This 1985 stamp shows locomotive no. 3 of the Jung class.

Owing to the shortage of suitable water along the railway line, the Jung's were equipped with an auxiliary tender which contained water and coal. The front of the tender and the water communications pipe can be seen in the stamp picture.

Namibia Archives photo: Construction of Otavi line 1905/6

Namibia Archives photo: Construction of Otavi line 1905/6

This photo has a full screen enlargement. Apparently the photographer was testing before he took the better photo before this one! The lower photo has some "ghosts".

This photo from a private collection is likely to have been taken during the German colonial period prior to WW I. It shows one of the Jung engines - possibly No. 9.

This 2002 picture taken by Bertram Werte shows No.9 in it's current position in front of the Museum building.

Plinthed in the shade of a large tree.

October 2003: Photo courtesy of Jacque & John Wepener.

Otavi rolling stock photos

In a 2012 message posted to the sar-L railway interest group forum, Martin Coombs wrote:

As a few of you will know, I run a website on the railways of Patagonia. During research for this it has long been obvious that the Chilean 60cm gauge branches were initially equipped with Koppel coaches and wagons that bore some relationship to those on the Otavi Railway. Ditto for the Jung 0-6-2Ts in Chile, though there are detail differences from those that ran in South West

I have recently been sent a document dating from 1908 which makes it clear that Koppel, through their agents Saavedra Benard and Co. in Valparaiso, basically said to the Chilean Directorate of Public Works, "We've supplied lots of stock for the Otavi Railway, so our tender for your loco and rolling stock needs is based on what we sent there. Here are photos and details."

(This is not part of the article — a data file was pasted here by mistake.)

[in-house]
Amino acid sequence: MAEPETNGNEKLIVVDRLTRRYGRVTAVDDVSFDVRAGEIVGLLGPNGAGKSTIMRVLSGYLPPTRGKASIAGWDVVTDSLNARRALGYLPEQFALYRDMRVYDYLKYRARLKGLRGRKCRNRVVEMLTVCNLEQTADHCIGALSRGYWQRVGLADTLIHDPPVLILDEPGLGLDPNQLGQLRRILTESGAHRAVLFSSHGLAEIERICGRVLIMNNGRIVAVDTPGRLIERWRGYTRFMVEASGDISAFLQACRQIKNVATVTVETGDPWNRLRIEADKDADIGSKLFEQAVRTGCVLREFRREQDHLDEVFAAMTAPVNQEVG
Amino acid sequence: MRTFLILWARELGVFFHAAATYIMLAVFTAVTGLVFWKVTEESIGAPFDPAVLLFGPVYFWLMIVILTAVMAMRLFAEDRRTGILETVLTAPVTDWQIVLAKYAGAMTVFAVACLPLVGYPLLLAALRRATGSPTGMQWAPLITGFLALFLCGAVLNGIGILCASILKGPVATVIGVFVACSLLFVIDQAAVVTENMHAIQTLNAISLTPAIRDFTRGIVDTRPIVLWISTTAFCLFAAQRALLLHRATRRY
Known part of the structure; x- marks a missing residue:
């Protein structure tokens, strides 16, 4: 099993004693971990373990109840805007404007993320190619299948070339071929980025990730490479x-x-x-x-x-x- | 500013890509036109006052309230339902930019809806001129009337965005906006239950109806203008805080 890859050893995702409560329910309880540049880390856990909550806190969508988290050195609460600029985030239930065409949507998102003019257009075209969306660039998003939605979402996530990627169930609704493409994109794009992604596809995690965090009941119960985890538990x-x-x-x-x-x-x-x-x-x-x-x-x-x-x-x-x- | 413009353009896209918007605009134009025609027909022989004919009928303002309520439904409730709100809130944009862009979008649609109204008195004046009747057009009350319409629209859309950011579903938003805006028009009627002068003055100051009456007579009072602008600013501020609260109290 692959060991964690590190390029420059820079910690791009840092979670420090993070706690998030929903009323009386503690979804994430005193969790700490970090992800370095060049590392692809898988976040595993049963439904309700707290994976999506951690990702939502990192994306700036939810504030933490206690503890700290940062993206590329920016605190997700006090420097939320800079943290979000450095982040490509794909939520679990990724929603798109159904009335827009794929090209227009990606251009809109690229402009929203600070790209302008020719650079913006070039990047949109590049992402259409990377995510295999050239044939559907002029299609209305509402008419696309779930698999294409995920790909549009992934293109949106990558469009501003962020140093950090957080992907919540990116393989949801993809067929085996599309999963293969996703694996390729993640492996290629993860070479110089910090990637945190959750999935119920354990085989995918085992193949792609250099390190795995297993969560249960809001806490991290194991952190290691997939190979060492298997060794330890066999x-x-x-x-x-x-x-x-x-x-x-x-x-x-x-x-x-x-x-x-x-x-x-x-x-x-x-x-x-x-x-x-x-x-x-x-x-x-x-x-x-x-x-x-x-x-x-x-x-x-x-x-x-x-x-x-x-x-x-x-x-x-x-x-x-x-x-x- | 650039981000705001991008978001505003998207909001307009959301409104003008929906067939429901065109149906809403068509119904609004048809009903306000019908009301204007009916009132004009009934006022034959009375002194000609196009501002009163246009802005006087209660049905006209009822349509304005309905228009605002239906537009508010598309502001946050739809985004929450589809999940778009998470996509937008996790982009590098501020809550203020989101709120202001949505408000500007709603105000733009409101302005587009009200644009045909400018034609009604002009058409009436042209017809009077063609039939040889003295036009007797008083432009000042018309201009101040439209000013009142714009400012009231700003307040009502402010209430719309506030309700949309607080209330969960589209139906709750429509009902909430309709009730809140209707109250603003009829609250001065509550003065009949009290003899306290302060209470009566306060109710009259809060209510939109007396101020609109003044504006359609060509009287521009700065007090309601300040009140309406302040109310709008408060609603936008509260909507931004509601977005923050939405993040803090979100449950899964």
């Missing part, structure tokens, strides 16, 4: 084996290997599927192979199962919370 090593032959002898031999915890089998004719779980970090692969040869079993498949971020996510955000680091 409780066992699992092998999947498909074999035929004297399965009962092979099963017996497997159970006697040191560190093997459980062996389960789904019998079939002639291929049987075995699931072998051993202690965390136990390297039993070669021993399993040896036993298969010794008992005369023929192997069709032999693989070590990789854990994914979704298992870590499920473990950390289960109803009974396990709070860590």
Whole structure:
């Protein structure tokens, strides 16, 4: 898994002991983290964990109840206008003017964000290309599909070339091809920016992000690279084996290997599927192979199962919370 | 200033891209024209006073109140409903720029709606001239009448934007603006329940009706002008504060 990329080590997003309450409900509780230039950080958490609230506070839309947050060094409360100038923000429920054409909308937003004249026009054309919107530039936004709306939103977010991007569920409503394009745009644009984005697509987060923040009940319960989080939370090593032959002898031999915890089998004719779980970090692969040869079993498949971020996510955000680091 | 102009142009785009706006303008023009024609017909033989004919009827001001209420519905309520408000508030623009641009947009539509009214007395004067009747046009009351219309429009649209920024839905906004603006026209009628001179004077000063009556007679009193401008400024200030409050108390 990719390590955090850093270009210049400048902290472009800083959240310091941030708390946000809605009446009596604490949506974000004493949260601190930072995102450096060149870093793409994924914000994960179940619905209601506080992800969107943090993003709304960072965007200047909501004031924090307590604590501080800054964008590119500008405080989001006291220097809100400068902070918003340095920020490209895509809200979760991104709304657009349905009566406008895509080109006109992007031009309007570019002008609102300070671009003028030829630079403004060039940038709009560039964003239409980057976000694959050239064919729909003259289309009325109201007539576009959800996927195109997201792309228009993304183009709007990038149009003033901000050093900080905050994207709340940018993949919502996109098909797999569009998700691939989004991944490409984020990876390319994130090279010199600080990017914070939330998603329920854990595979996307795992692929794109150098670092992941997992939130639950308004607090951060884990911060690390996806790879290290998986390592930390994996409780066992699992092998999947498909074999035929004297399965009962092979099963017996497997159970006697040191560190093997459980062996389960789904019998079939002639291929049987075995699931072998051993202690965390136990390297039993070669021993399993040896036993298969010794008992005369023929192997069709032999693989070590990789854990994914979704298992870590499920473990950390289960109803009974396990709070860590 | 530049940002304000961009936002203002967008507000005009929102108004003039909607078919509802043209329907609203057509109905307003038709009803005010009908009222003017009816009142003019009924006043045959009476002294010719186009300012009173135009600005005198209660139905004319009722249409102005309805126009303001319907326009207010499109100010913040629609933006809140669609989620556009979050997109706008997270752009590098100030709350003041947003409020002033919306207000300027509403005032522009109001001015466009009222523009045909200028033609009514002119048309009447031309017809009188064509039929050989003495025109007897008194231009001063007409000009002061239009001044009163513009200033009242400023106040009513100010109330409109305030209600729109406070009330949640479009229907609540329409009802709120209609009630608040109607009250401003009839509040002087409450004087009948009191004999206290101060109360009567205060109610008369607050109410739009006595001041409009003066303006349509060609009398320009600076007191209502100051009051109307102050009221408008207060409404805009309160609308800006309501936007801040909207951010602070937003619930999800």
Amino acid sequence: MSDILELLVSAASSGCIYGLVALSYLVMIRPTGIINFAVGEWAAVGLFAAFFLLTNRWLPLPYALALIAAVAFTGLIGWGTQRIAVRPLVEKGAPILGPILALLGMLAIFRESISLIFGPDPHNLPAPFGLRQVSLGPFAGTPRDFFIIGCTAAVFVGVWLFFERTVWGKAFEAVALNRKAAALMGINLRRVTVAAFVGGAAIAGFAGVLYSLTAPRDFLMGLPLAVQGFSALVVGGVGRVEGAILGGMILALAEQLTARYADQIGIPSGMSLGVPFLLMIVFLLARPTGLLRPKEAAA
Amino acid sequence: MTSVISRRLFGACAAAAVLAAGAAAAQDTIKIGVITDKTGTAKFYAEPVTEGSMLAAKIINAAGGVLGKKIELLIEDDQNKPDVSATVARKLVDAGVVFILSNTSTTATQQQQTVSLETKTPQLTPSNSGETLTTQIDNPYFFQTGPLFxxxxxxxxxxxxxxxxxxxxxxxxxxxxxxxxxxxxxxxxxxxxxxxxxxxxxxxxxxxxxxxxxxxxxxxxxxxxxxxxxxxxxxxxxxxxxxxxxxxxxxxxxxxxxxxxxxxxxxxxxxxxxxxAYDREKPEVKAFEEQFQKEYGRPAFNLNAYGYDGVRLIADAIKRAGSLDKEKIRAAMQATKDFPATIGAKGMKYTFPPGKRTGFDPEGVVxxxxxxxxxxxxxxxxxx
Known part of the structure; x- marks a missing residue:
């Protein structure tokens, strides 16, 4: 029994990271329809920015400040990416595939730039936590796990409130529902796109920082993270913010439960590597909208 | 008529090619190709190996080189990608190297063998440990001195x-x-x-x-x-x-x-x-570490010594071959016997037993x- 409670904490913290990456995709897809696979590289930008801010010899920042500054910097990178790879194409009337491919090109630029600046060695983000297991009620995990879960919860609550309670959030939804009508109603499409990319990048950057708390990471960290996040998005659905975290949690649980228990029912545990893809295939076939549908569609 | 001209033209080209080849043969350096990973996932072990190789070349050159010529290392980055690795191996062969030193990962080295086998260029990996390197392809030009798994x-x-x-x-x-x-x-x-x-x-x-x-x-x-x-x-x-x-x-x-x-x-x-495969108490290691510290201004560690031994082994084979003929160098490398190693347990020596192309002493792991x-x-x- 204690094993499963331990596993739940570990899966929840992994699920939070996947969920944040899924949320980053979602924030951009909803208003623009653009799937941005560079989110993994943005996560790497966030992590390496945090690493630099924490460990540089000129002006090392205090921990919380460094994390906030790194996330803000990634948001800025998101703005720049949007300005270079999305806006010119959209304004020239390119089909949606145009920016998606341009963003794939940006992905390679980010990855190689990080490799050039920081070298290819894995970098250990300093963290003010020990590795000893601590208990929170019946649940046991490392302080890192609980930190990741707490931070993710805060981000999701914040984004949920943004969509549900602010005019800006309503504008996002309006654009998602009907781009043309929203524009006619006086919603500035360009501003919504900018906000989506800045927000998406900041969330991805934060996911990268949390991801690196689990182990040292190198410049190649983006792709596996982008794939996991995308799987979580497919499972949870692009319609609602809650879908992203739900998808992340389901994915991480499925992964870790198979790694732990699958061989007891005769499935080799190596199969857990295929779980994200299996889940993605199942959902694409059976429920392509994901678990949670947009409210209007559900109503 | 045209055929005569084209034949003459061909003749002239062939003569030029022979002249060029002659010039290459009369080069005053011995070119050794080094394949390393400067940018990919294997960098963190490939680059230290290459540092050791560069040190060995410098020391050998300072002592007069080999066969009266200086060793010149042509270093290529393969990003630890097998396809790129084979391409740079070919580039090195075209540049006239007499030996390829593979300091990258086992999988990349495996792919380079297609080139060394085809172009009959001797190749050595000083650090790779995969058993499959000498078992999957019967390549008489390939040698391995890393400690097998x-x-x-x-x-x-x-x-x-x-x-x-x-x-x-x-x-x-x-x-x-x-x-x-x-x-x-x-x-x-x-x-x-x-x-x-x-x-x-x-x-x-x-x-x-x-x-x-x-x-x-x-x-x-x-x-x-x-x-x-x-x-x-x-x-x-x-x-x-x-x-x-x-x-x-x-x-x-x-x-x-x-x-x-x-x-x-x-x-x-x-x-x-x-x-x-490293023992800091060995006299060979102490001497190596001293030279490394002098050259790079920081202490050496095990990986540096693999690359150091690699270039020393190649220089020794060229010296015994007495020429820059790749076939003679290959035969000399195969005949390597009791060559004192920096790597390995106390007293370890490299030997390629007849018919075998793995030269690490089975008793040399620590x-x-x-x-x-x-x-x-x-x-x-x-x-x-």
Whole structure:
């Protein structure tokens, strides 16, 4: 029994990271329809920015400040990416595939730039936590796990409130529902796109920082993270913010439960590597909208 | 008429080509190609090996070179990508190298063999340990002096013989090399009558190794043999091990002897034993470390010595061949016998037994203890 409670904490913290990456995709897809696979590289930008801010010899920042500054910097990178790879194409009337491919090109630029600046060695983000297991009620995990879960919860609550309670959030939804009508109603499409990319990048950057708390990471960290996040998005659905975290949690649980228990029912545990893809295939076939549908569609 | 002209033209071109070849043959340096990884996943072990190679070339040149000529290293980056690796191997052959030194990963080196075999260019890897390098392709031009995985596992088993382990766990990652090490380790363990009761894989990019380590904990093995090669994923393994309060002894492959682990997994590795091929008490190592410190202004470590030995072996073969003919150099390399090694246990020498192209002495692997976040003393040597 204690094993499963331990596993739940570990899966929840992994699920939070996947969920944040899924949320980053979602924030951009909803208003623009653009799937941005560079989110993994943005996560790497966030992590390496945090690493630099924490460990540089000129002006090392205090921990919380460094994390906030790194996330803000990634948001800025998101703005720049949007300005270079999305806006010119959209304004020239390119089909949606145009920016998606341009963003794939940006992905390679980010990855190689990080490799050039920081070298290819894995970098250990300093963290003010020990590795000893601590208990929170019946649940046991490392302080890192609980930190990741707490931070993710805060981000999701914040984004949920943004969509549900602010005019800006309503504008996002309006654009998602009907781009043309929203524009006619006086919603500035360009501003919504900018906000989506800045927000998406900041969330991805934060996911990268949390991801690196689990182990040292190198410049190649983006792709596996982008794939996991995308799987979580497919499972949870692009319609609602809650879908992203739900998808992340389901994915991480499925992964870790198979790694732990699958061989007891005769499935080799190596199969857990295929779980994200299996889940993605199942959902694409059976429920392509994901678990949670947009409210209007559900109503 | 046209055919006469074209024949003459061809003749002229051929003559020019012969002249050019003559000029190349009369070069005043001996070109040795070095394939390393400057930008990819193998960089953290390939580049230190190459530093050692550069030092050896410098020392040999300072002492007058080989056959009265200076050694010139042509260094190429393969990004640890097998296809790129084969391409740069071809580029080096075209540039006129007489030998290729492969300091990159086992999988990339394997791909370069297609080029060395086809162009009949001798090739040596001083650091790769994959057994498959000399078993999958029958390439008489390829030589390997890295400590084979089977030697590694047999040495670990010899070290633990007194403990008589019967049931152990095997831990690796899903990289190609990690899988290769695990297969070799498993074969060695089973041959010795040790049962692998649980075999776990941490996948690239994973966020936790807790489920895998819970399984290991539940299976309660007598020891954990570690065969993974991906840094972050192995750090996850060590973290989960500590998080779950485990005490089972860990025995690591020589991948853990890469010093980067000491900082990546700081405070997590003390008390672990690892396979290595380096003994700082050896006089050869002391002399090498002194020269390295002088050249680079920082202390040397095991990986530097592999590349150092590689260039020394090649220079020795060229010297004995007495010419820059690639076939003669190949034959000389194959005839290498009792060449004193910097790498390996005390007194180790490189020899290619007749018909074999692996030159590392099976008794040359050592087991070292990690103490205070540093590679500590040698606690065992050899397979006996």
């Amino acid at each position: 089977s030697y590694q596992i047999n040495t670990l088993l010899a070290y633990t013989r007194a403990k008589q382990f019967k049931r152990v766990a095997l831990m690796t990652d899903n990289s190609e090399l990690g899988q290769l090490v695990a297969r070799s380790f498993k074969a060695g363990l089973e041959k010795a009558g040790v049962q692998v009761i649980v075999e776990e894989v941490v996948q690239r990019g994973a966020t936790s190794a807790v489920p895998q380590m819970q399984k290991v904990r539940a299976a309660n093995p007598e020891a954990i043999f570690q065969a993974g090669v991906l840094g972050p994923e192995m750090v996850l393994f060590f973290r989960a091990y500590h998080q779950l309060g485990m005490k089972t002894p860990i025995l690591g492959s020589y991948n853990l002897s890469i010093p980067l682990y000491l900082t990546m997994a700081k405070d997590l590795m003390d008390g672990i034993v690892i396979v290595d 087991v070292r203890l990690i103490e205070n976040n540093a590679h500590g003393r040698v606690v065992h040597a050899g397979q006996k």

The supporting material includes seven photos of Otavi rolling stock in the factory before dispatch. I haven't seen these before, so have added them to this group's photos section in a new folder entitled: 'Otavi rolling stock by Koppel' This can be accessed directly here.

OMEG low-sided 4-wheeler

OMEG low-sided bogie

OMEG short bogie van

OMEG open cattle wagon

OMEG steel high-sided bogie

OMEG steel high-sided bogie

OMEG Coach

There were also side and end elevation drawings and

a plan view of the Jung 0-6-2Ts supplied to OMEG. These were rather distorted when my source took photos of the document. I have tried to straighten the side elevation out using Photoshop, but will be creating a new drawing in due course. In the meantime I hope that this too is of use to any modelers out there.

I can provide higher resolution photos for those that need them, and extracts from the tables of dimensions, albeit in Spanish, if you are interested. I am not sure how much of all this is in 'Namib Narrow Gauge' as my copy is back home in the UK. However, I think some of this material is new.

Now, a question for those who do have Sydney Moir's book: What were the ruling grades on the Otavi line? The locos and stock supplied to Chile created problems, because on a line in damp country with ruling grades of 3 1/2% (about 1 in 29) the Jung 0-6-2Ts couldn't cope with more than two of the Koppel coaches (partly because for that wet climate they had been redesigned fully enclosed and therefore the weight had risen from 6.2 tonnes to near 10 tonnes) and a bogie van. In other words the translation from the Namib to wet and steep southern Chile was substantially a failure.

Any data on the gradients would be of interest, to let me see what the locos had to cope with in their original home.

Martin Coombs